UNM’s Board of Regents on Friday approved a zero percent increase in undergraduate tuition and student fees for the next school year.

The regents passed the motion unanimously at a meeting in the Student Union Building that afternoon.

Board of Regents President Jack Fortner said he feels satisfied with the result of the vote. He said the board addressed students’ concerns effectively by not raising tuition and fees for fiscal year 2015.

“The students all semester have been saying zero percent increase, and they’ve actually been saying it for a year,” he said. “We listened to them. It was a tough decision, but it’s our way of showing that the priorities are the students.”

But students in some schools at UNM will see an increase in their tuition, as the regents passed each school’s differential tuition requests. Differential tuition costs are extra tuition costs added to the general per credit hour tuition costs at UNM. These are implemented by every UNM program.

Undergraduates at the Anderson School of Management, for example, will now face a differential tuition of $10 per credit hour, according to a document distributed at the meeting. Anderson graduate students’ differential tuition will also increase by $10, from $173.70 to $183.70 per credit hour for New Mexico residents, and from $180.10 to $190.10 for out-of-state students.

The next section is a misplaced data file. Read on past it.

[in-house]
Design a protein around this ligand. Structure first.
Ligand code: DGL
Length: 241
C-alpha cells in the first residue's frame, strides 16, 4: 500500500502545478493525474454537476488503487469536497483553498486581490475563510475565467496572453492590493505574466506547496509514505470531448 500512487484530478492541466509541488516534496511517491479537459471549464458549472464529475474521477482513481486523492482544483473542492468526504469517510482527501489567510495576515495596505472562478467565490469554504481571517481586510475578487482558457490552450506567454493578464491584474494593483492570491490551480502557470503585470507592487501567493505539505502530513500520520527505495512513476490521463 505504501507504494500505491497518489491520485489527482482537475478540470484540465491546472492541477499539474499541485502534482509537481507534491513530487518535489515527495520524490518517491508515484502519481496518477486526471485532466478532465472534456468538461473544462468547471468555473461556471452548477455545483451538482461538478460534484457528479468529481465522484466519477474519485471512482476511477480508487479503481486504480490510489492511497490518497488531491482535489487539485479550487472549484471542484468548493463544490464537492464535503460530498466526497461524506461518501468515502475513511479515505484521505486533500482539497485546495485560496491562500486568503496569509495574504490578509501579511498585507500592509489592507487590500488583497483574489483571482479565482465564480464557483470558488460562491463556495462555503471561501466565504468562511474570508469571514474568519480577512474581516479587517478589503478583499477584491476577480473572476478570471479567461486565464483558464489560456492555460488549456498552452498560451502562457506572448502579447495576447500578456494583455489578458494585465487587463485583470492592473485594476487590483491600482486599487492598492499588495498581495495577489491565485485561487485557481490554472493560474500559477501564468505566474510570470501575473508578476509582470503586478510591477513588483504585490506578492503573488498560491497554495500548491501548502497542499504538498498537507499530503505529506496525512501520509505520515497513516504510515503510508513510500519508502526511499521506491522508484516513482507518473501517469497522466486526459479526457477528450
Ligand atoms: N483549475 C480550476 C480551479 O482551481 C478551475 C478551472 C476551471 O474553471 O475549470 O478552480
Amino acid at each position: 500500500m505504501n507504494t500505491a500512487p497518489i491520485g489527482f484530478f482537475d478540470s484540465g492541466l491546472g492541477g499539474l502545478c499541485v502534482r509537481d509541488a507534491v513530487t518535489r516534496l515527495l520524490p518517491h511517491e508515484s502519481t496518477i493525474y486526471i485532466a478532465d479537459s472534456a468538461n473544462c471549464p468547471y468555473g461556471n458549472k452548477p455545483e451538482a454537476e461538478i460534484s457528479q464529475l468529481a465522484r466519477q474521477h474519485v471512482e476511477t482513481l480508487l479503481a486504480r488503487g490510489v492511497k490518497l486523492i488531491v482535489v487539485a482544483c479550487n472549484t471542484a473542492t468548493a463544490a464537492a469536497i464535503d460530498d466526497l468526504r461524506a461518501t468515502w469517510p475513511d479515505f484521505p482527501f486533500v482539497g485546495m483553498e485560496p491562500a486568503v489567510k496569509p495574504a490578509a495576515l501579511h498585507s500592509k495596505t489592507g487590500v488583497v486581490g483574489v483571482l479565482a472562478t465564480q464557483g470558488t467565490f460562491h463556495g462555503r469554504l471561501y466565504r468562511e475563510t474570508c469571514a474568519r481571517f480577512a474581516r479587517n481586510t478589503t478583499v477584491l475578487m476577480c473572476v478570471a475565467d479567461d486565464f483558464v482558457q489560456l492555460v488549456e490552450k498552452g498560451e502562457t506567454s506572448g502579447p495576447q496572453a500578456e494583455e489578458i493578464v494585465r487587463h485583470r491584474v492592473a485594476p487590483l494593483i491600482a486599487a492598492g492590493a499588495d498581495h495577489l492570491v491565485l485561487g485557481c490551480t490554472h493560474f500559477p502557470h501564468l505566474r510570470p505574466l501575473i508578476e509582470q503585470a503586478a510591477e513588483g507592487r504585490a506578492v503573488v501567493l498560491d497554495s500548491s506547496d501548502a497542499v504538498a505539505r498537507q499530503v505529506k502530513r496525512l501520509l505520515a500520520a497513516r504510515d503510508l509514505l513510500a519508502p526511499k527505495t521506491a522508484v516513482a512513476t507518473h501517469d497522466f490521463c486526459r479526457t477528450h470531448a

According to the document, graduate students at the School of Architecture and planning will face a $24.88 per credit hour increase in differential tuition, which increased the amount from $49.75 to $74.63 per credit hour. Graduate students at the Department of Speech and Hearing Sciences will now also see a differential tuition of $150 per credit hour.

At the meeting, the regents decided to increase compensation for faculty members by 3 percent. Staff member will also have a 2 percent increase in compensation next fiscal year.

The regents also approved a 4.6 percent tuition increase for resident students and a 4.9 percent increase for non-resident students at UNM Los Alamos. Tuition and fees in other UNM branches will stay the same.

Associated Students of the University of New Mexico President Isaac Romero said he is glad to see the regents vote against a tuition increase.

“We worked hard with the (Student fee Review Board) to make sure our students are taken care of fairly,” Romero said. “The students don’t have to worry about anything—certainly undergraduates—for sure.”